Exploring the Dirtiest City in Maryland

Maryland, known as ‘America in Miniature,’ is a state rich in natural beauty. From the jagged Appalachian Mountains to the pure sandy white beaches and rolling hills of the Piedmont plateau, this small state is frequently described as encompassing all of the best aspects of the country.

More recently, however, the unpleasant reality of pollution and inadequate sanitation in the state has been apparent. Baltimore, Maryland, was designated one of the dirtiest communities in the country after receiving numerous sanitary complaints.

Researchers discovered that in 2023, the city had more sanitary complaints than any other city in the country, with almost 47,000 per 100,000 population.

So, what is the root reason for Baltimore’s sanitary issues, and why has it acquired the title of Maryland’s dirtiest city? Let us find out.

Why is Baltimore so filthy?

The city of Baltimore has had a significant garbage problem. Baltimore creates approximately 430,000 tons of waste every year. As you stroll through the city, you may notice areas covered with waste due to unlawful dumping and littering. The city has a large number of unoccupied properties, which frequently serve as places for illicit rubbish disposal.

Poverty and socioeconomic imbalances frequently impede households’ and communities’ abilities to properly handle sanitation issues. As a result, much of the city’s rubbish is simply incinerated, which adds greatly to local air pollution.

Notably, the ‘Wheelabrator,’ the tenth largest trash incinerator in the United States, is Baltimore’s primary source of greenhouse gas emissions. In 2017, the Wheelabrator released an astounding 762,683 tons of CO2 equivalents.

In addition to incineration, industrial and transportation-related air pollution exacerbates the city’s air quality issues. As a booming industrial port, Baltimore is home to a plethora of heavy enterprises involved in shipping, manufacturing, and transportation, many of which produce pollutants.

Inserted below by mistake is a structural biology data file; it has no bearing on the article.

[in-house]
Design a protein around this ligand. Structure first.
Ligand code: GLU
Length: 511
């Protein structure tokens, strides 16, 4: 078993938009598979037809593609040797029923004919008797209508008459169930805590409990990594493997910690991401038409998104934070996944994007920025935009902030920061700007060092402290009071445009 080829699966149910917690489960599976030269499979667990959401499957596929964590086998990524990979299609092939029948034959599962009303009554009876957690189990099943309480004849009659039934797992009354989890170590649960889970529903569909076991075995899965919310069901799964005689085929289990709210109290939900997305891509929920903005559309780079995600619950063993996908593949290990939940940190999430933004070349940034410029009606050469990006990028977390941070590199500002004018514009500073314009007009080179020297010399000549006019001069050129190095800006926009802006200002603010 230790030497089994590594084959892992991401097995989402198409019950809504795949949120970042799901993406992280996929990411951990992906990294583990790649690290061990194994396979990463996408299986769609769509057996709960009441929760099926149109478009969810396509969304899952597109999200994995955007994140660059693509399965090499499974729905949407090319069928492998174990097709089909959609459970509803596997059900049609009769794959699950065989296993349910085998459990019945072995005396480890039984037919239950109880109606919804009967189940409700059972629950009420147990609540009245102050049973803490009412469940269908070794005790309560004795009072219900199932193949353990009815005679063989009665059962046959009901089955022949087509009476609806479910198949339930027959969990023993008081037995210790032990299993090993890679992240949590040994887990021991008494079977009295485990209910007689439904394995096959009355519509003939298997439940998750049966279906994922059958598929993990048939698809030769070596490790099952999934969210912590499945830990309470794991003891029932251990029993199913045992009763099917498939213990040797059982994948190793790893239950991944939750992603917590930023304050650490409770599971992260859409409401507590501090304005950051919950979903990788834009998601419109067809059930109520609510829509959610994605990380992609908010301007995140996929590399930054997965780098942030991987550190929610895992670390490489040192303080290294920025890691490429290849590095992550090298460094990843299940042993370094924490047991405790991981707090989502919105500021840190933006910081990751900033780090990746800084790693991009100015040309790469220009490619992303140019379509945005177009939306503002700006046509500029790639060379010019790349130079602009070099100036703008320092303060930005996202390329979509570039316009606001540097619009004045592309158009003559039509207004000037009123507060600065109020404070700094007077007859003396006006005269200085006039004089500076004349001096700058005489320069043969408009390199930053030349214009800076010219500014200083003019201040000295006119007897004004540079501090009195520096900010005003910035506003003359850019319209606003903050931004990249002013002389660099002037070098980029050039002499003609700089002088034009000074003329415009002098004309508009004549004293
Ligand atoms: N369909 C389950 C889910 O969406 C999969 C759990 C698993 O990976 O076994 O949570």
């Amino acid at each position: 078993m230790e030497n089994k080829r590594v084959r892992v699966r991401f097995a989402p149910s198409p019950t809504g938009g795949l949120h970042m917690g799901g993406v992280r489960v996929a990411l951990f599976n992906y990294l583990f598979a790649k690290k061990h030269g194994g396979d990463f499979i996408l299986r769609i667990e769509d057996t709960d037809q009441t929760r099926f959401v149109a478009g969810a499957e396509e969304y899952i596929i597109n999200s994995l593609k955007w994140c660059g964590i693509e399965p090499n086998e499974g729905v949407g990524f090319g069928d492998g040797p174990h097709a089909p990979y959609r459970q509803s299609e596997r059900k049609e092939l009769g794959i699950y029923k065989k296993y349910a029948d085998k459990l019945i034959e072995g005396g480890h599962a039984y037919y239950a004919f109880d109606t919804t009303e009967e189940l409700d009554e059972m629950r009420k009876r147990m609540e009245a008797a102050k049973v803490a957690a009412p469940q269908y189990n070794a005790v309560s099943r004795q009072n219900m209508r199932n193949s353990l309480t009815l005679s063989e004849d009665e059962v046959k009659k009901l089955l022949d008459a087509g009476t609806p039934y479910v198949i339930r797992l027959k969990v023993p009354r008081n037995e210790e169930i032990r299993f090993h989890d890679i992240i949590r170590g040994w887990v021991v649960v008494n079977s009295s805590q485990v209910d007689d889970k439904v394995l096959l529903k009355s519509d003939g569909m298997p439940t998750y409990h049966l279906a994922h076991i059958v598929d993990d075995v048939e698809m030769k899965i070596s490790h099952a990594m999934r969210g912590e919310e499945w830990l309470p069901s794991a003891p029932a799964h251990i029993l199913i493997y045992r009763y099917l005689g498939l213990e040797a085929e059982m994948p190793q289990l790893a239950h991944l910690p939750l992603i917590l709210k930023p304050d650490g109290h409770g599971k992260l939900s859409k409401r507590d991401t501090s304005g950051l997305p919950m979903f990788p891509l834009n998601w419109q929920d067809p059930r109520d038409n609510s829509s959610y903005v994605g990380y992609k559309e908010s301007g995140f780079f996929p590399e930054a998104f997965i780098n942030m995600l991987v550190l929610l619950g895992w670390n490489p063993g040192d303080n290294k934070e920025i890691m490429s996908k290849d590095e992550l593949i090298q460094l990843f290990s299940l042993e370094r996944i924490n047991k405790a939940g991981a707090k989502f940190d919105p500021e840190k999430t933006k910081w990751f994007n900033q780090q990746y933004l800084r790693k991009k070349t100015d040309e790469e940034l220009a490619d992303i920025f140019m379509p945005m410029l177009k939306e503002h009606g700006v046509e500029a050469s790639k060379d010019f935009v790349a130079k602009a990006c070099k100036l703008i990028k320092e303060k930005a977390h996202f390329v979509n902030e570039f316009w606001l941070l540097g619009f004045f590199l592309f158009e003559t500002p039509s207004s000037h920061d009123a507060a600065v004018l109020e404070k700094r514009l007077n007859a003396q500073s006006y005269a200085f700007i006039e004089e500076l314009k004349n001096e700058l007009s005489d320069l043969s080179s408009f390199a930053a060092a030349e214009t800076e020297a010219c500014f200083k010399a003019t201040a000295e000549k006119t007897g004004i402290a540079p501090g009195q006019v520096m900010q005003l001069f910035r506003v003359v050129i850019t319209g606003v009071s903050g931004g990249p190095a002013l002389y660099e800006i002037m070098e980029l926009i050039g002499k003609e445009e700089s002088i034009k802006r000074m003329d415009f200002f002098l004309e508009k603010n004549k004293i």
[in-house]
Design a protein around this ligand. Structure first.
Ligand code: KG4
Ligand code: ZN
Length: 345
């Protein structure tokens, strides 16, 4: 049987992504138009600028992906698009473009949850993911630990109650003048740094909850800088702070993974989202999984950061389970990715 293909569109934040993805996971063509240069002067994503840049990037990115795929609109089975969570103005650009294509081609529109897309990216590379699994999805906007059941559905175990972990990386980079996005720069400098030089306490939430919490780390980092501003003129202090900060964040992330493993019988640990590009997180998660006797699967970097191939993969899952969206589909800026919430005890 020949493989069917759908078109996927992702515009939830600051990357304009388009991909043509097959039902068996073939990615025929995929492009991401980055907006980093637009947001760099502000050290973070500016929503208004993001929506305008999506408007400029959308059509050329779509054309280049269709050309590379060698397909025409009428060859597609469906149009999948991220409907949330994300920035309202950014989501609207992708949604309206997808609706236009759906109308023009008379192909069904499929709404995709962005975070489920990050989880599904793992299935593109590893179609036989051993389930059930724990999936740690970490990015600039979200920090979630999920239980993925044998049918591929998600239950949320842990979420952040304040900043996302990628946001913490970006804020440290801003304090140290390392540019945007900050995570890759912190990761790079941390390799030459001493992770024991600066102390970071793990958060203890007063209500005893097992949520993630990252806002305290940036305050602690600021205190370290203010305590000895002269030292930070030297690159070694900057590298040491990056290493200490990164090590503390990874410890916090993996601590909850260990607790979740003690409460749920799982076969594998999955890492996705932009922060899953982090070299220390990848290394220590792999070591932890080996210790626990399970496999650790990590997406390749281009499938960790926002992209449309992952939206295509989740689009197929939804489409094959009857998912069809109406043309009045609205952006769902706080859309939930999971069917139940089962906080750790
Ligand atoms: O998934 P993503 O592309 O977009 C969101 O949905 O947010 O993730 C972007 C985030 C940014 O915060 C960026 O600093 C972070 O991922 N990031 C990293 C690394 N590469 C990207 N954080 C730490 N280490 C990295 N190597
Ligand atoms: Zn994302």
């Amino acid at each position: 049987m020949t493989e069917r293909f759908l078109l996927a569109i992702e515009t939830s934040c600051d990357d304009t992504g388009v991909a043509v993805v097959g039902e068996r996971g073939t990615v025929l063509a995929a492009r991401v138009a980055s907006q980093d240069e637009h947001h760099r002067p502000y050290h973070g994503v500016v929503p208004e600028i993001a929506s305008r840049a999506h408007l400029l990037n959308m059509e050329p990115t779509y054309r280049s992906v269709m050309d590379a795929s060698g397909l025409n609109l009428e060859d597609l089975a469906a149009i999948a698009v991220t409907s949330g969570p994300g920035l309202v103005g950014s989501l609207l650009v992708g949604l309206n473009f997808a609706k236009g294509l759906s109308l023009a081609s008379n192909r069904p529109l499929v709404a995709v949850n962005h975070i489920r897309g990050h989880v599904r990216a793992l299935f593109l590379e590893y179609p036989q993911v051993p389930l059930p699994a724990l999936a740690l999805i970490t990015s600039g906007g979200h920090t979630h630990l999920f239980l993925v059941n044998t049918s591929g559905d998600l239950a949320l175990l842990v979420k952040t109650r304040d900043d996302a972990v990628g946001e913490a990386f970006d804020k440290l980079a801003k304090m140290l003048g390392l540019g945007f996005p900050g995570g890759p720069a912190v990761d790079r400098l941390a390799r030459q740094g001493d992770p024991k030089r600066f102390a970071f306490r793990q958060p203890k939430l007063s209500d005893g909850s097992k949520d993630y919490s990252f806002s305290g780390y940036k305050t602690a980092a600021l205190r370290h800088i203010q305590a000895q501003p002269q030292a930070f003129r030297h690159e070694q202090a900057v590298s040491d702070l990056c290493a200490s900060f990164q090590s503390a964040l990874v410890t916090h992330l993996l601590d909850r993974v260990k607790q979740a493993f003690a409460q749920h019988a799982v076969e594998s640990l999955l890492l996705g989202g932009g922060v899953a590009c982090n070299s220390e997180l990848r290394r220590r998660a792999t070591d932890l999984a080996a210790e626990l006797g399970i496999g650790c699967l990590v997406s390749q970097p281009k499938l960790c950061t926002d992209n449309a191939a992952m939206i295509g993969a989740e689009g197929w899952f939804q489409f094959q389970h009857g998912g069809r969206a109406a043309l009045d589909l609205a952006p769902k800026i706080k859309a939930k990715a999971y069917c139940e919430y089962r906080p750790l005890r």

But the city’s pollution issues do not end there! Water contamination is another concern that the city faces. Aging sewers, illegal dumping, littering in streams, and stormwater runoff all contribute to water pollution in Baltimore.

How Poor Sanitation and Pollution Impact the City?

Poor sanitation and pollution in Baltimore have had far-reaching consequences, hurting both the environment and citizens’ health.

Emissions from the trash incinerator, as well as the presence of heavy industries, shipping activities, manufacturing, and transportation, have all contributed to the production of significant amounts of greenhouse gases, worsening the city’s air quality.

As a result, in 2019, the American Lung Association’s ‘State of the Air’ report listed the Baltimore Metro region as one of the 50 worst in the US for ozone smog. Residents face substantial health hazards from exposure to high levels of ozone pollution. Asthma attacks, lung cancer, developmental and reproductive injury, and cardiovascular impairment are all possible health outcomes.

Pollutants such as perfluoroalkyl substances (PFAS) contaminate Baltimore’s water systems. These compounds are linked to a variety of health issues, including cancer, decreased vaccination response, and thyroid disturbance. PFAS are also persistent in the environment and can build up in the human body over time, creating long-term health concerns.

Initiatives to Enhance Baltimore’s Image as the Dirtiest City

Recognizing the need for a cleaner and healthier urban environment, the city of Baltimore has launched a number of programs to address sanitation and pollution concerns. Some significant actions and strategies that will hopefully enhance Baltimore’s ranking as the ‘dirtiest city in Maryland’ are:

  • Waste Management Programs attempt to improve the city’s trash collection and disposal processes, as well as the recycling of hazardous and solid waste.
  • The Baltimore Clean Air Act attempts to reduce air pollution in the city by enforcing stronger industrial emissions regulations and improving air quality monitoring.
  • The Baltimore Green Network Initiative, a city-wide project, aims to transform derelict and unused sites into a network of green infrastructure, supporting environmental sustainability, community participation, and economic revitalization throughout the city;
  • The Baltimore Water Treatment Plant Upgrade intends to integrate modern technologies and infrastructure improvements to solve water contamination concerns, eliminate leaks, and fulfill current criteria for safe and reliable water supply.

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